Watch Your Buts!
From Career Tips, 2004 Volume 8, August 2004
"I'm so sorry, but..."
How often do you hear this? For that matter, how often do you say it?
Adding the "but" is really a way of avoiding guilt, and is usually heard by the other party as "I'm not really sorry, because it wasn't my fault."
I think significant others are particularly attuned to hearing it this way. Years ago when Helene and I went to a relationships workshop, the moderator asked if anyone had every heard their spouse say "I'm so sorry, but...", and then proceed to explain exactly why they weren't at fault. Everyone nodded.
She then asked how people felt about it. She really struck a chord; the whole class agreed that instead of making them feel better (the "I'm sorry"), they actually were made angry by what they perceived as an insincere apology.
And you really compound the error if you say "I'm so sorry, but you should have known...", in effect shifting the blame to the other person!
It's very natural for us to want to provide excuses (which we think of as "good reasons") when we haven't lived up to a promise, made a mistake, etc. However, expressing an apology this way can do more harm than good. If you simply own up to the mistake in the first place, you can earn more respect.
If you're not prepared to just stop at "sorry", here's one very simple technique - just eliminate the "But"! "But" is a word that expresses contradiction, which is one reason that "I'm sorry, but..." comes across like I'm not really sorry. So instead of saying, "I'm so sorry I'm late, but the traffic was bad.", try "I'm so sorry I'm late. I never anticipated how much traffic there would be, and I really should have left earlier."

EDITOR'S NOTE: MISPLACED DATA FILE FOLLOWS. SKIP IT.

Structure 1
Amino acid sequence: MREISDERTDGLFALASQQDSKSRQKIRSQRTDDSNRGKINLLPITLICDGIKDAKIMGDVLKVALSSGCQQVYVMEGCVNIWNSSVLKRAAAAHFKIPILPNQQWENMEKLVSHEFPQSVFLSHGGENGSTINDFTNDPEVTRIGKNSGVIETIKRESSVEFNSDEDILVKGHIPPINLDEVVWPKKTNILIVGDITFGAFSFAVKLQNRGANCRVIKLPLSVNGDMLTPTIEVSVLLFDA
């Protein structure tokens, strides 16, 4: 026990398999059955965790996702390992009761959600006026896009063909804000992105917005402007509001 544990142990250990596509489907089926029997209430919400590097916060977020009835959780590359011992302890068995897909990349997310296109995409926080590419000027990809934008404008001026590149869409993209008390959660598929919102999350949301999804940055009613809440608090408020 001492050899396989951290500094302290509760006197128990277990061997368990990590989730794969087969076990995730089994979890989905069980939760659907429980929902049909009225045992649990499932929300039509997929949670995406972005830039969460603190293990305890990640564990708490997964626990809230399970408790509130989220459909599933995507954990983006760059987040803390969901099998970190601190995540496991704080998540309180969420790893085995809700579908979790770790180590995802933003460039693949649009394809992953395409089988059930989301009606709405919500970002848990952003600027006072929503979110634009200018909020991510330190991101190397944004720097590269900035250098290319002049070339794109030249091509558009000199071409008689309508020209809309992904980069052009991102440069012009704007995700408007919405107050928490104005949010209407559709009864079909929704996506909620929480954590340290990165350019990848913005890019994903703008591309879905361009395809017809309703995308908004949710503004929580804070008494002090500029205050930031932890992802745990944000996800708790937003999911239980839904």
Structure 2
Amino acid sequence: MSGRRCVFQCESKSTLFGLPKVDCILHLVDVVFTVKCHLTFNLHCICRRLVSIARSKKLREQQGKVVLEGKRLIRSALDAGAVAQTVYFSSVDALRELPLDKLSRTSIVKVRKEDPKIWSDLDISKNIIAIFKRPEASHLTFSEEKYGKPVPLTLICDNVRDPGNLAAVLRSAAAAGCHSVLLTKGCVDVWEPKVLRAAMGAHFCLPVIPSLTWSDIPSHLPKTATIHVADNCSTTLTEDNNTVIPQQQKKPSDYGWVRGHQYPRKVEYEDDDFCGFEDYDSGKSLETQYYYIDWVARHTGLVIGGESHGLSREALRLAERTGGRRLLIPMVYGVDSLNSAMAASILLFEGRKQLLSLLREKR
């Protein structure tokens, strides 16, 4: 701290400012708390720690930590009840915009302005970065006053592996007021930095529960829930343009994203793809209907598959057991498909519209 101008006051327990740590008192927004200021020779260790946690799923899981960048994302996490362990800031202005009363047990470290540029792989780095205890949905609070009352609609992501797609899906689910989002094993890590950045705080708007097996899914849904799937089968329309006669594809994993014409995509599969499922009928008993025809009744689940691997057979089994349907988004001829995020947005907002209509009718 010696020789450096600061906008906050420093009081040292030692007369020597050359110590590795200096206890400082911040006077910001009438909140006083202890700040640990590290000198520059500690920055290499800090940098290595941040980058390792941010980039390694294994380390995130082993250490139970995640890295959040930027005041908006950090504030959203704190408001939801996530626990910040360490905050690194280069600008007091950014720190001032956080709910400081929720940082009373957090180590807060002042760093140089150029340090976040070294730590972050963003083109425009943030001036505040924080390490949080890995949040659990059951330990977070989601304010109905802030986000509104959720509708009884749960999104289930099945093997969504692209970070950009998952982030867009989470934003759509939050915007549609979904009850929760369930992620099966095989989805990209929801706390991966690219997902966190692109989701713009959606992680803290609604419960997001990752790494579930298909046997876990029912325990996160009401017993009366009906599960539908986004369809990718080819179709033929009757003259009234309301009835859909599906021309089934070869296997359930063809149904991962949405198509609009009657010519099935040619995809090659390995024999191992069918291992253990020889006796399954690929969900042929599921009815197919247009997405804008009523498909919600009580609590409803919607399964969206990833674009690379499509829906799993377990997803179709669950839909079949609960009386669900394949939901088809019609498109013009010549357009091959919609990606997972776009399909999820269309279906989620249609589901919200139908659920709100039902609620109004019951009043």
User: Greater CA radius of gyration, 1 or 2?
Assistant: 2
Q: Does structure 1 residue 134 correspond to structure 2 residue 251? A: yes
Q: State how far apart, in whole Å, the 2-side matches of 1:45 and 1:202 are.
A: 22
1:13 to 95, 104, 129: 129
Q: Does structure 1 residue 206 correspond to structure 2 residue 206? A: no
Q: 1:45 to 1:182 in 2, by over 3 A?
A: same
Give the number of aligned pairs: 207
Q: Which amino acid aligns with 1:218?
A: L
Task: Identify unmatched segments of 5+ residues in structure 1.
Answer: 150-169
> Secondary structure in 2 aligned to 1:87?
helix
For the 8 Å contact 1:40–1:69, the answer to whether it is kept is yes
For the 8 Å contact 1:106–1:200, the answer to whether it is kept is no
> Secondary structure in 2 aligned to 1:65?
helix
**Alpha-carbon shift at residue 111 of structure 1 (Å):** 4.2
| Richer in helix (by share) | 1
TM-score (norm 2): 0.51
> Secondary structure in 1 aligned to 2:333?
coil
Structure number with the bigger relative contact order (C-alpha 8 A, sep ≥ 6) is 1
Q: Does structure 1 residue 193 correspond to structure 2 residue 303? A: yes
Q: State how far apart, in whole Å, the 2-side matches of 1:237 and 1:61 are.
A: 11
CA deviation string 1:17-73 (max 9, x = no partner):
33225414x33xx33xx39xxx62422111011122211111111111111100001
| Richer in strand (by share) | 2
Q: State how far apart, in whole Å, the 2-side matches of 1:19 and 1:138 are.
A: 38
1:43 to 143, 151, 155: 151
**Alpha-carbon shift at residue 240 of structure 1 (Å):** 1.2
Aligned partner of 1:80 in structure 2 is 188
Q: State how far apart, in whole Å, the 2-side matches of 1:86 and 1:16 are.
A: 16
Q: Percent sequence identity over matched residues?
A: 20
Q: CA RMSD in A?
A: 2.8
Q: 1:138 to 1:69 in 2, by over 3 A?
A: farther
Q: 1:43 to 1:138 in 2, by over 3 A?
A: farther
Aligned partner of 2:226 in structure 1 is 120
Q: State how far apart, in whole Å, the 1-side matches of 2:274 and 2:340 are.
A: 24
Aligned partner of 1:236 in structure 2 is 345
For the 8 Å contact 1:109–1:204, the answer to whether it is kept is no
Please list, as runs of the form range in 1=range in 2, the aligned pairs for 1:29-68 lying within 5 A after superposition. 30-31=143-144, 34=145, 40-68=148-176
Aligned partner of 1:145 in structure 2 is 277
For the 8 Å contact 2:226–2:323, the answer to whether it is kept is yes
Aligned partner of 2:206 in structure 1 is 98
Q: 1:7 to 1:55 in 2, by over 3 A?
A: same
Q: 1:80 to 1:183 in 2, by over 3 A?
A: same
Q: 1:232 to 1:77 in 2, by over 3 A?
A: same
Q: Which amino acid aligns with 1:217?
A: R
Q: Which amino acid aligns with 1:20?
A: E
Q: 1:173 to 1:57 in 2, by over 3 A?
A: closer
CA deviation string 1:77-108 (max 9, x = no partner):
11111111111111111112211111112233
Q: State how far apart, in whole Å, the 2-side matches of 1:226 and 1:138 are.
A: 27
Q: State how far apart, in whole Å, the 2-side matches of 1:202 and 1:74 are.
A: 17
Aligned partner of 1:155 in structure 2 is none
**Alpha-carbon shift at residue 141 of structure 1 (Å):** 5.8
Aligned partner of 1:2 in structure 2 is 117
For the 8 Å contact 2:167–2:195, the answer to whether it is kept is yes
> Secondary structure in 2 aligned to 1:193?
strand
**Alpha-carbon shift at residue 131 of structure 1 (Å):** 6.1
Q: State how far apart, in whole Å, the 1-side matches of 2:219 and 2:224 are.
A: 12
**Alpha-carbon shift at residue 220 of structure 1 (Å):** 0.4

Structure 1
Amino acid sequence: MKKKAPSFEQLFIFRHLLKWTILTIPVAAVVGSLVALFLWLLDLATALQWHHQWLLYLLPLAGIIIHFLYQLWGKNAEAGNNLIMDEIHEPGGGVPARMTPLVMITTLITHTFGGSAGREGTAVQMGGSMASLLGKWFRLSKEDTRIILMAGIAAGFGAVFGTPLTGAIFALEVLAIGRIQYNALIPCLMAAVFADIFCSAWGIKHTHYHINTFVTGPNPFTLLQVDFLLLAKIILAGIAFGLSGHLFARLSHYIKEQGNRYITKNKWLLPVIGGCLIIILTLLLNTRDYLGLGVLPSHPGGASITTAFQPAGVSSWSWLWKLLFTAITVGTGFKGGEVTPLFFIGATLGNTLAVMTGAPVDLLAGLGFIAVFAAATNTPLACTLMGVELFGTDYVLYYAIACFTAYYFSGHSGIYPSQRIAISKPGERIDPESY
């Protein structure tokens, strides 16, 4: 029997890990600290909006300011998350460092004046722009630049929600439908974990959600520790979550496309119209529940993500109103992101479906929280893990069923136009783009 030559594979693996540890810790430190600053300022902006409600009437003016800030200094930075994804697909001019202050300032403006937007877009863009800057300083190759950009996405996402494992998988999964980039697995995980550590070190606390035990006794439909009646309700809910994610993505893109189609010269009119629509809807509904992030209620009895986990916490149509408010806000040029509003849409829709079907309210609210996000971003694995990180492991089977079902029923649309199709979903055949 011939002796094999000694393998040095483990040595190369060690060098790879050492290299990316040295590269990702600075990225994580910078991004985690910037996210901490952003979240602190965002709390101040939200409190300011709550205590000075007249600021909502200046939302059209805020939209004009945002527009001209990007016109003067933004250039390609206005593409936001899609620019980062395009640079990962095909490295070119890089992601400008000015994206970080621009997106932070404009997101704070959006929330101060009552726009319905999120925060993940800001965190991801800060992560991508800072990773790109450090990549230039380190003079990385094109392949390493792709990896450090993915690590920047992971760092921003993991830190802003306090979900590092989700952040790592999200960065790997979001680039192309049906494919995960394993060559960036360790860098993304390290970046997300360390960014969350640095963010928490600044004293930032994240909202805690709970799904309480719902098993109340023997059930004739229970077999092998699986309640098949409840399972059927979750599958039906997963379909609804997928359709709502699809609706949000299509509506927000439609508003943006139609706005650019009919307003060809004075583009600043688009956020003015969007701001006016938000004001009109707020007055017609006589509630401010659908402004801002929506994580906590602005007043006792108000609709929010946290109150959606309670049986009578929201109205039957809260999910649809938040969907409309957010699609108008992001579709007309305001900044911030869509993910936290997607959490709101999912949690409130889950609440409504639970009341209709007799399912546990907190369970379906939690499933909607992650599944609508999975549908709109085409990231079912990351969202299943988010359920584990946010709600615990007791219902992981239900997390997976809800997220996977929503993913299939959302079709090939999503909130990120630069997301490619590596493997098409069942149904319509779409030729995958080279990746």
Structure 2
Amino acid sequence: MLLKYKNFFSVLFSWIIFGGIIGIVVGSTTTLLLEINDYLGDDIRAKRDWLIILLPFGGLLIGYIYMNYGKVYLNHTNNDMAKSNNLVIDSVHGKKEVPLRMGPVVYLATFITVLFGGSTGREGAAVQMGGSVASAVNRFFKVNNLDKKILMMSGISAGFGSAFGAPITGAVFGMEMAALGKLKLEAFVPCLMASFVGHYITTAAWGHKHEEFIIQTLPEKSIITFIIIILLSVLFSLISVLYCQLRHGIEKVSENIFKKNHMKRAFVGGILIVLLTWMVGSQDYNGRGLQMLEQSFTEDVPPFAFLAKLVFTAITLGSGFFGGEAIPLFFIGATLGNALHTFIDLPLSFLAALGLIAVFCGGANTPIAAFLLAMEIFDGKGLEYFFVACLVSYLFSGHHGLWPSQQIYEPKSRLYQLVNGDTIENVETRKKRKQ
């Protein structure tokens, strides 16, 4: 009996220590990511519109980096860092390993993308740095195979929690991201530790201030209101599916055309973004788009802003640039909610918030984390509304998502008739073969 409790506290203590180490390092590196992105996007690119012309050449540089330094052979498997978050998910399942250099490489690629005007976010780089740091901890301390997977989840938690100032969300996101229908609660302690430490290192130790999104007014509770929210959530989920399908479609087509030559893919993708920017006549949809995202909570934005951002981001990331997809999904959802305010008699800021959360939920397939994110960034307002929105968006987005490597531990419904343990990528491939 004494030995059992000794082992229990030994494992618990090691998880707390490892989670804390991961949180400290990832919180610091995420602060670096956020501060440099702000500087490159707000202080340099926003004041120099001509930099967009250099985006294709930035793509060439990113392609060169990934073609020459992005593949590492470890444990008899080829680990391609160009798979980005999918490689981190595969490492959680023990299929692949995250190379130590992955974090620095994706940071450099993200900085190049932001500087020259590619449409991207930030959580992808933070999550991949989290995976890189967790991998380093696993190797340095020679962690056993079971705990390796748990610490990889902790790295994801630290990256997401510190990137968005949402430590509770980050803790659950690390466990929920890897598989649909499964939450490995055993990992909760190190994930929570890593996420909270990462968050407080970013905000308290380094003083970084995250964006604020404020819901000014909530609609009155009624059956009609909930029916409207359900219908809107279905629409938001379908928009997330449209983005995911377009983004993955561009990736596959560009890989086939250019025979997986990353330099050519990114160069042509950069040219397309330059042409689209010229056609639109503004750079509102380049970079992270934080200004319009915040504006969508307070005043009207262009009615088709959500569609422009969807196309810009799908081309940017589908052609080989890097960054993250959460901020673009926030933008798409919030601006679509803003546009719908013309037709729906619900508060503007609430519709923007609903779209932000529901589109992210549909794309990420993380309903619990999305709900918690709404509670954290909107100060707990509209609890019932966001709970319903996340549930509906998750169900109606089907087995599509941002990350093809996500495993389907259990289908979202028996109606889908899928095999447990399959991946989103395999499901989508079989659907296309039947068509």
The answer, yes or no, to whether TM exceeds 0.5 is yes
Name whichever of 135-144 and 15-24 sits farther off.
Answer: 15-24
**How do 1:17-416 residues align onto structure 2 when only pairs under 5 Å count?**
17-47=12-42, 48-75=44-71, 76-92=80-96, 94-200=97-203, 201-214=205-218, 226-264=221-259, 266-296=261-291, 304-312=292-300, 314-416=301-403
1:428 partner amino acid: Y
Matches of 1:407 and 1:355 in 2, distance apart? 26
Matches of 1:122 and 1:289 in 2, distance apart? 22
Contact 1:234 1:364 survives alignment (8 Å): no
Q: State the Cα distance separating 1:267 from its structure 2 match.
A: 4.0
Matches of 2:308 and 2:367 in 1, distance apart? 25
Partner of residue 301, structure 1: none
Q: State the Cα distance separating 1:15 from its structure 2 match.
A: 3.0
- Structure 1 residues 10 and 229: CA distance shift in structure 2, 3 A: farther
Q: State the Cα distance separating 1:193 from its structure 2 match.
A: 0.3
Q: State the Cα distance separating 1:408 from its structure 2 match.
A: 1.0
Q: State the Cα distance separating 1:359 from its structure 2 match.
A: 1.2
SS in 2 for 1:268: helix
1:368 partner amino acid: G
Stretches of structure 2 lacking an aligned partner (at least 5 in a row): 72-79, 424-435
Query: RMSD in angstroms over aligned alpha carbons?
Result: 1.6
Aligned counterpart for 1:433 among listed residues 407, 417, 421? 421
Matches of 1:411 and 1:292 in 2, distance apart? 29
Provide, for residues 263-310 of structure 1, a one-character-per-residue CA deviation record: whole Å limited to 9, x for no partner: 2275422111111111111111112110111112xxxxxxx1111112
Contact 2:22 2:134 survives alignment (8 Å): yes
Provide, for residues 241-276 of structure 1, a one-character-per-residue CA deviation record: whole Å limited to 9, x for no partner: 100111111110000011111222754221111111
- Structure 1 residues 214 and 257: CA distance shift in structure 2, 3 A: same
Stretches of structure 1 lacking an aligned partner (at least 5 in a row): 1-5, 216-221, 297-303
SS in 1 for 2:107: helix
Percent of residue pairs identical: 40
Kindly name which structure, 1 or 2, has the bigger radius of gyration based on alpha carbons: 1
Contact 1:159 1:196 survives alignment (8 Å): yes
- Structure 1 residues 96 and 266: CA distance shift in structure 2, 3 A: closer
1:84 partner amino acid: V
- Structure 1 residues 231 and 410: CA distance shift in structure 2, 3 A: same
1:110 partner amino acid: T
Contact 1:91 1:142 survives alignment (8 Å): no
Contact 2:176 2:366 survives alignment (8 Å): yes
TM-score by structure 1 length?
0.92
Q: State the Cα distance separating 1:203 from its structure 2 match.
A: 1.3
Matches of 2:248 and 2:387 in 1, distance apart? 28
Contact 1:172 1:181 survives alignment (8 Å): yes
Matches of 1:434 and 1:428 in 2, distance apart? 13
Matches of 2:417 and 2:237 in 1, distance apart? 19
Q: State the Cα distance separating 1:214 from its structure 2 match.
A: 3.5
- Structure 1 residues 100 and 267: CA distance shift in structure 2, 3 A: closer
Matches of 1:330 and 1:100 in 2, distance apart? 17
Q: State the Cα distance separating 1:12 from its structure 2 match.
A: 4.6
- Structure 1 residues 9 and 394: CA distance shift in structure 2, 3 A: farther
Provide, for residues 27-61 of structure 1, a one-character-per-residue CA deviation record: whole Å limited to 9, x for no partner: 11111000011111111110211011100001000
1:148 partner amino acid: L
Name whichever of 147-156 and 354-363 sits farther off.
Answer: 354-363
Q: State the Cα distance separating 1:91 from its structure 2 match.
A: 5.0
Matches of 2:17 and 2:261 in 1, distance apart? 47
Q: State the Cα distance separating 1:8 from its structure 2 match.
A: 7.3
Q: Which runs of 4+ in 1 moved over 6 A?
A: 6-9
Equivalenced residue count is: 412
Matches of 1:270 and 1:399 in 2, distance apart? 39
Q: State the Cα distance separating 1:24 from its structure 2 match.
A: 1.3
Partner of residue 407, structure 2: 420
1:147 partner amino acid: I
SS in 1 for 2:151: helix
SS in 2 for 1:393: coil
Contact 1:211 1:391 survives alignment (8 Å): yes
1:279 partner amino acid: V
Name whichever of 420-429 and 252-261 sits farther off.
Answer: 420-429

Here's another way in which you can increase your influence by avoiding the "but." Suppose I have a meeting with Joe to present a proposal. I think my proposal fits the bill perfectly, but Joe has reservations and expresses them. My natural inclination might be to say something that starts like this, "I understand how you might feel that way, but..."
This starts out well, by acknowledging Joe's position without agreeing with it. Then I risk blowing the deal with the "but."
Joe is likely to hear the implication, "You're wrong, and now I'm going to tell you why." I want to get Joe to brainstorm with me on why my proposal might actually work. Instead, I've thrown in the grenade that can make him defensive about his position before I ever get there.
A better alternative would be to substitute "and", as in "I understand how you might feel that way, and here's how I think this proposal address your issues."
Substituting "and" for "but" may feel awkward at first, but it will definitely increase your influence! And next time you're sorry, just be sorry!